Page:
Tributes pour in after death of human rights activist Christof Heyns
Pretoria - Tributes are pouring in following the death of well known human rights activist Professor Christof Heyns.
He passed away on Sunday morning, apparently due to a heart attack.
The Centre for Human Rights at the University of Pretoria, where Heyns was the previous director, said in a tribute that it mourns his passing.
Heyns, 62, was also a member of the United Nations Human Rights Committee.
In praising the legal giant, the university said it is with great shock and sadness that the faculty of law has received the news of the passing of the internationally esteemed Heyns.
Professor Frans Viloen, director at the university’s Centre for Human Rights, said Heyns’s death is an incredible loss and that he will be deeply missed by the university as well as many others across the world.
“Christof was a deeply moral man. His life was one of consequence and meaning, in which he used his considerable talents and energy to change ‘human wrongs’ into ‘human rights’ wherever he could,” Viljoen said.
The centre said that to them, Heyns was a founding father, a trail-blazer, and a constant source of inspiration and encouragement.
“He was our initiator-in-chief. He played a pioneering role in positioning the centre as a pan-African centre of excellence. Constantly brimming with new ideas and grand schemes, plans and projects, he propelled the centre into new directions and challenged it to explore different dimensions.”
It is said that to Heyns, if something could be conceived, it could be achieved. Among these initiatives are landmark events that will be there for many years to come, including the African Human Rights Moot Court Competition, which in 2021 celebrates 35 years; the Nelson Mandela World Human Rights Moot Court Competition and the National Schools Moot Competition.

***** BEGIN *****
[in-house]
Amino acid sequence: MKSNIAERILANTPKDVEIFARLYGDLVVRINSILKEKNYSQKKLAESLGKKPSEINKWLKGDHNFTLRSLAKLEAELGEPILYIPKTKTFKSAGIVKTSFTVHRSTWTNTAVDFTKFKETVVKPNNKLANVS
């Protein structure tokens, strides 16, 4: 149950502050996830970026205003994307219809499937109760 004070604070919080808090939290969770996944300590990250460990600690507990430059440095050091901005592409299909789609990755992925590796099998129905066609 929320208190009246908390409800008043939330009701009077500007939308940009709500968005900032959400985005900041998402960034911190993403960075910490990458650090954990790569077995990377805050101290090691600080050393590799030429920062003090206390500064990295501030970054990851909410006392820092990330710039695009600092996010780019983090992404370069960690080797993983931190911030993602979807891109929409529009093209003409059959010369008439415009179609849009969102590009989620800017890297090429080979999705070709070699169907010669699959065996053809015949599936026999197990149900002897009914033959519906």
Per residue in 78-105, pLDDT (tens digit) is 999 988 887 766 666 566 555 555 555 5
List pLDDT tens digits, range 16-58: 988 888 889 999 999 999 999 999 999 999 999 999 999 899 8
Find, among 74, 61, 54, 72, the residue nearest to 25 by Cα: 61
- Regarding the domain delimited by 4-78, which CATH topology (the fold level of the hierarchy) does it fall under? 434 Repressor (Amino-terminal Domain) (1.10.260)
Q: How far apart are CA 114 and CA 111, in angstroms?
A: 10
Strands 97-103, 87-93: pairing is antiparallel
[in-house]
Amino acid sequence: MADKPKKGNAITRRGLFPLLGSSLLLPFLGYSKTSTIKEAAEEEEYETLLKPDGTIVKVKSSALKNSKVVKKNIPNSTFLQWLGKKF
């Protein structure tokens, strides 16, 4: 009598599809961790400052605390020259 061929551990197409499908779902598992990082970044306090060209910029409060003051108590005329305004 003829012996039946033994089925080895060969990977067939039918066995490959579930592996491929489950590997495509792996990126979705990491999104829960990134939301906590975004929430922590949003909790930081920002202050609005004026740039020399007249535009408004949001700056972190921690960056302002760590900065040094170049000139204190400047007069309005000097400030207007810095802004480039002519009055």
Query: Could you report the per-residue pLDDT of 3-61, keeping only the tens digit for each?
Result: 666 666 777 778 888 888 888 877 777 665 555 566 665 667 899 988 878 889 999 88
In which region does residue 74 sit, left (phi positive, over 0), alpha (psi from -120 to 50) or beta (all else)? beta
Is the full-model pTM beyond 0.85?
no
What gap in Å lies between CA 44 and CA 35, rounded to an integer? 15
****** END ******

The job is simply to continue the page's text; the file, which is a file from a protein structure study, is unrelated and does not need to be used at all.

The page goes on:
Heyns was the Director of the Centre for Human Rights from 1999 to 2006. He was Dean of the Faculty of Law from 2007 to 2010.
After stepping down as Dean, he became the founding director of the Institute for International and Comparative Law in Africa at the University of Pretoria.
He was United Nations Special Rapporteur on extrajudicial, summary or arbitrary executions from 2010 to 2016; and was a member of the UN Human Rights Committee from 2017 to 2020.
In each of these positions, he made significant and original and long-lasting contributions.
As Dean of the Faculty, he insisted on a greater focus on post-graduate studies, and in particular doctoral studies at the Faculty.
He secured funding for full-time doctoral students, and made the Faculty a magnet for talented prospective students from across the African continent.
As Special Rapporteur, he drew attention to cutting-edge issues such as the use of force by private security providers in the law enforcement contexts; the use of drones and autonomous weapons in armed conflict or counter-terrorism operations; and the role of forensic science in protecting the right to life.
During 2016, he chaired the UN Independent Investigation on Burundi.
As an academic, he was recognised internationally as a leading expert in the field of international human rights law, including right to life issues and regional human rights mechanisms. He has published widely on these matters.
Heyns leaves his wife Fearika and his children Willemien, Adam, and Renée behind. He is the son of Professor Johan Heyns, former NG Church moderator, who was assassinated on Guy Fawkes night 1994 at his home in Waterkloof Ridge. He was shot at close range with a heavy calibre rifle and his killer was never caught.